Morning Security Brief: Ferguson Unrest, Train Crash, Google Sharks, and Deadly Floods

By Mark Tarallo

►Missouri's governor said early today that he would send the National Guard into the St. Louis suburb of Ferguson to restore calm after authorities forcibly dispersed a crowd protesting last week's fatal shooting of an unarmed black teen by police. Gov. Jay Nixon signed an executive order deploying the U.S. state militia, saying demonstrators overnight had thrown Molotov cocktails and shot at police as well as a civilian, a description of the night's events that diverged widely from some eyewitness accounts, Reuters reported. A midnight curfew was imposed on both Saturday and Sunday nights in Ferguson, which has been hit by demonstrations since Michael Brown, 18, was shot to death on Aug. 9 by police officer Darren Wilson. At around dusk on Sunday, hundreds of protesters fled to safety after police wearing gas masks and body armor fired tear gas and smoke canisters to scatter them hours ahead of the curfew. Protestors said the tear gas and smoke bombs were unprovoked, and that the reaction was excessive. Meanwhile, U.S. Attorney General Eric Holder ordered a federal autopsy of Brown's body, and sought to assure the family and community there will be a thorough investigation. A preliminary private autopsy, asked for by Brown's family, showed the teenager was shot at least six times, the New York Times reported on Sunday night.

►Part of Hoxie in Lawrence County, Arkansas, was evacuated over the weekend after two freight trains collided in the area overnight, killing two Union Pacific train crew members, authorities said. Jonesboro Police and Fire said in a statement that the crash happened shortly after 2:30 a.m. Sunday on tracks near U.S. 67 between Hoxie and Minturn. Arkansas State Police said the evacuation of part of south Hoxie was "precautionary" because the two Union Pacific trains were carrying "toxic cargo" and one engine caught on fire. Arkansas Department of Emergency Management spokesman Kendell Snyder said the car on fire contained alcoholic beverages, which along with the diesel fuel from the train was feeding the flames, reported.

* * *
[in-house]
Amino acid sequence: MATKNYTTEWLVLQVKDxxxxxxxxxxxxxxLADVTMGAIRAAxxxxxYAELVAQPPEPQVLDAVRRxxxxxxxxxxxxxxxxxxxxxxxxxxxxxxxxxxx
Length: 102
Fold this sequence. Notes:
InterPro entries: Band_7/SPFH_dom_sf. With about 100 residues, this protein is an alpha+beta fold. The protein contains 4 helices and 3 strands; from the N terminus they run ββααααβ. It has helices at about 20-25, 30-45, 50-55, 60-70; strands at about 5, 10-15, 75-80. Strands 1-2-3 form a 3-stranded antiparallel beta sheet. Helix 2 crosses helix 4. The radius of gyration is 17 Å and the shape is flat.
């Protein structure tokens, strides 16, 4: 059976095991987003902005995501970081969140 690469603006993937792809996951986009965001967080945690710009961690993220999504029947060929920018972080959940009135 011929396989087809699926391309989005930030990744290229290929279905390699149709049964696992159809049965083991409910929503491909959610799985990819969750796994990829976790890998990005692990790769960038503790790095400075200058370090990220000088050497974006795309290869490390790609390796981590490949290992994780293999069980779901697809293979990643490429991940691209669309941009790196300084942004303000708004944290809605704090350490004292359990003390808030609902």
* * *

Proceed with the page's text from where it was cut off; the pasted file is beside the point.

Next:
►Google says it is strengthening its underwater cables in the Pacific Ocean to protect against shark bites. Google is wrapping its fiber-optic cables in a Kevlar-like material, said Dan Belcher, a product manager on the Google cloud team at a company event last week, according to Network World. Sharks have a "unique ability" to detect electromagnetic fields, and they may be "confused" and believe that the cable is an animal, George Burgess, director of the Florida Program for Shark Research. "No doubt the electromagnetic fields associated with these wires are highly attractive to these sharks," Burgess told USA Today. The underwater cables are part of a $300 million trans-Pacific cable network Google is building. It will connect west coast cities, including Los Angeles, Portland and Seattle to cities in Japan.

►At least 160 people are reported to have been killed in floods and landslides following days of torrential rain in Nepal and northern India, the BBC . In Nepal, officials said at least 101 people were known to have died, and more than 130 people are still missing. Officials also voiced fears about a possible cholera outbreak. In several northern Indian states, severe flooding after rainfall left at least 60 dead and entire villages marooned. More than 1,500 villages are inundated in India's Uttar Pradesh state, where 28 people have died and thousands have been left homeless. In Uttarakhand, cloudbursts and landslides killed 32 and in Bihar at least two people have died. The worst of the rain is now thought to be over, and rescue helicopters have been deployed to convey emergency supplies to those stranded.


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